“A theory of limits applies here. In a voluntary market, healthcare purchasers–employers or taxpayers–will tolerate only so much cost growth. Then they’ll recede. It is preposterous to believe the well won’t run dry.”

All of these pricing mismatches and excess non medical value added costs can be eliminated by permitting the patient to be in control of their healthcare dollar and selling pure insurance that is fairly priced. The ideal Medical Saving Accounts system represent pure insurance in the form of high deducible health insurance and motivation for the patient to become an informed consumer.

The cost of processing claim could be eliminated completely. The service claims could be adjudicated instantly with a credit card. Thousands of diverse businesses adjudicate claims on purchases instantly daily at a low cost. The use of credit cards to pay for Medical Savings Accounts could provide an instant savings of 150 billion dollars to costs in the healthcare system. The losers will be the non competitive insurance company. The winner will be the bright flexible company that puts the system in place.

  • Jon Lowder

    Dr. Feld,
    Thanks for the mention and also thanks for your continuing coverage of this issue.
    The average yearly cost per family that you quote, $12,214 caught my eye because that’s very close to what we spent last year. If we don’t find an alternative then the premium increase we’ve been informed are in store for ’07 will cause our yearly expense to probably be closer to $14-$15,000. That’s just nuts.
    I agree that something’s gotta give, and sooner rather than later.

  • supra for kids

    I recently came across your blog and have been reading along. I thought I would leave my first comment. I don’t know what to say except that I have enjoyed reading. Nice blog. I will keep visiting this blog very often.

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United Healthcare and HCA Win: Patients Lose

Stanley Feld M.D.,FACP,MACE

United Healthcare and HCA settled their contract negotiations for the 850,000 patients in the Denver area. The contract is a long term contract lasting until 2011. Additionally, HCA reached a long contract settlement with United Healthcare throughout the country. None of the terms of the contract were transparent nor can we expect a reduction in insurance costs.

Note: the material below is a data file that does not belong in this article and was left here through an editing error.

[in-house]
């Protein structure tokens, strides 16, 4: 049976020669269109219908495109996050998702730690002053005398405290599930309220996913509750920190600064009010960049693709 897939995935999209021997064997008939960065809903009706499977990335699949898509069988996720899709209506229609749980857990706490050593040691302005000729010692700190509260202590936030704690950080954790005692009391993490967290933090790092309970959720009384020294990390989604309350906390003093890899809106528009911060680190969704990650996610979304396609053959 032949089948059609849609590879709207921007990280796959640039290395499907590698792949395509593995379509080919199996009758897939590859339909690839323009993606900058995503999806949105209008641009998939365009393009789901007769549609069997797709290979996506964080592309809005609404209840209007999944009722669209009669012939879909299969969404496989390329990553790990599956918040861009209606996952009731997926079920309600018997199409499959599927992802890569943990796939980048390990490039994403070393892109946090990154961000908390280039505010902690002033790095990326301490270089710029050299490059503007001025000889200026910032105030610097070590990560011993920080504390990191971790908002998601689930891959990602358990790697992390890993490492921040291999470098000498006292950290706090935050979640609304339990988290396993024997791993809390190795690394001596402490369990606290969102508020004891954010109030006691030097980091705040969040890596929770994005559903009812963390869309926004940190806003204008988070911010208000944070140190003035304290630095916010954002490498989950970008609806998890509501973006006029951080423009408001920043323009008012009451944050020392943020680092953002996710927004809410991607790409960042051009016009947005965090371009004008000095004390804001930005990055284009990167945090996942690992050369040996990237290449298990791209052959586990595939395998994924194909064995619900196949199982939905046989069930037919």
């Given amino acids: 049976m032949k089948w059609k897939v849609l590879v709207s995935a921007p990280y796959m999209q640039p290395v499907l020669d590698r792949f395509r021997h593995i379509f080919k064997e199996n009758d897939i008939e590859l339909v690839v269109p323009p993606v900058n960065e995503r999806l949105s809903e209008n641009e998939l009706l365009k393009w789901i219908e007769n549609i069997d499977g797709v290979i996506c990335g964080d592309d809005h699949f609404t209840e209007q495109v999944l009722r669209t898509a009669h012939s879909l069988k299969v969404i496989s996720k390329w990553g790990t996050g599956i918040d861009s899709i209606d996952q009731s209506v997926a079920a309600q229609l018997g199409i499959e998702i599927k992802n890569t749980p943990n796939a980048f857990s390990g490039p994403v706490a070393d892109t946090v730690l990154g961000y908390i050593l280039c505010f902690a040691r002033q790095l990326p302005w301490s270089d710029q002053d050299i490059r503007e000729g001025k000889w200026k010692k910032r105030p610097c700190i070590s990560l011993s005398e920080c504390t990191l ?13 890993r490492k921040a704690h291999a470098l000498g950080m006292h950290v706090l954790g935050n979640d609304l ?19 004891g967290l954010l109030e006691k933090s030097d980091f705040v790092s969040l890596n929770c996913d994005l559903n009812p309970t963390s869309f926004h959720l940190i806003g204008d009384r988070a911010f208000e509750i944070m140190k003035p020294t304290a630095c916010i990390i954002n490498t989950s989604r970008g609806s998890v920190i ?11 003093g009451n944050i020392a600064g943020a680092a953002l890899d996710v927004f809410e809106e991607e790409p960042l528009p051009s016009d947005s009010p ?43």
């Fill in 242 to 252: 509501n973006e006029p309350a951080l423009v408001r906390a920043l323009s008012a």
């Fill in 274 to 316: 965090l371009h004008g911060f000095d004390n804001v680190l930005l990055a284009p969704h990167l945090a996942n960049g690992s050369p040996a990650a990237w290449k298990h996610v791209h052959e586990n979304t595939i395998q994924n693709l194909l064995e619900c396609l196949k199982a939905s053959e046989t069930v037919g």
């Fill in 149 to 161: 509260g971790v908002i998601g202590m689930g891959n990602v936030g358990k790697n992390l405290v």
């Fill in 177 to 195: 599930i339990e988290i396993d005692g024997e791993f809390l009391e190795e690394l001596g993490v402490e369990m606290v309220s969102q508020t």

We have discussed the outrageous salaries of the United Healthcare Company’s executives under previous contracts as they continue to raise insurance rates. We have also discussed the leveraged buyout by KKR and partners.

United Healthcare decided, rather than playing a role in changing the paradigm of the structure of healthcare insurance by promoting price transparency and Medical Savings Accounts, it would be prudent for them to remained in total control of the potential patients’ medical care and their healthcare dollars.

The Denver Post reported “Some United members sought care at hospitals outside the HCA-HealthOne network, leaving hospital beds unfilled.”

The unaddressed point was how many hospital beds were left unfilled? How much money was lost by HCA in the last few months of the dispute? The contract dispute permitted patients to choose because their own money is involved.

“United had faced the possibility of losing corporate and individual policy-holders to other insurers during the open-enrollment season.”

United Healthcare rather being innovative, probably concluded that it was “too dangerous” and costly to lead the way toward insurance reform.

“More and more insurers and hospitals are looking to sign longer-term deals, given that the insurance premiums they can charge are increasing at relatively modest, single-digit rates.”

I think hospitals and insurers decided that the enemy to their outrageous profits is the major stakeholders, the patients and the physicians and not each other. I suspect United will offer employers long term contracts in order to keep patients in the ossified healthcare system that has lead to uncontrolled costs, excessive waste, and the vast number of uninsured.

“It’s a case of two very large health- care companies that truly needed each other,” said Paul Newsome, a financial analyst with A.G. Edwards in St. Louis. “It works both ways.”

“HCA-HealthOne saw an immediate loss of business after it terminated its contract with United Sept. 1, said Jim Hertel, publisher of the Colorado Managed Care newsletter.”

“I don’t think that United was being impacted to the extent that HCA was,” said Hertel. “I would think the settlement was closer to United’s requirements than to HCA’s based on the timing.”

“United had claimed that HCA-HealthOne demanded a 35 percent reimbursement rate increase over four years in Colorado. HCA-HealthOne countered that its requested increase would translate into a 1.6 percent premium increase per year for employers and individuals.”

Neither side disclosed terms of the local or national deal.

So there you have it. It is the same old, same old.

If anyone thinks the insurance industry is going to fix the system you are wrong!

If anyone thinks the hospital industry is going to fix the system you are wrong again!

I do not see any government or state officials standing up to help. I do not see organized medicine capable of fixing the system.

It is going to be up to the patients to fix the system. The doctors will follow the patients, not the hospital or the insurance company as we saw in this HCA/United Healthcare episode. Once the patients demand change, the hospitals and insurance companies will change.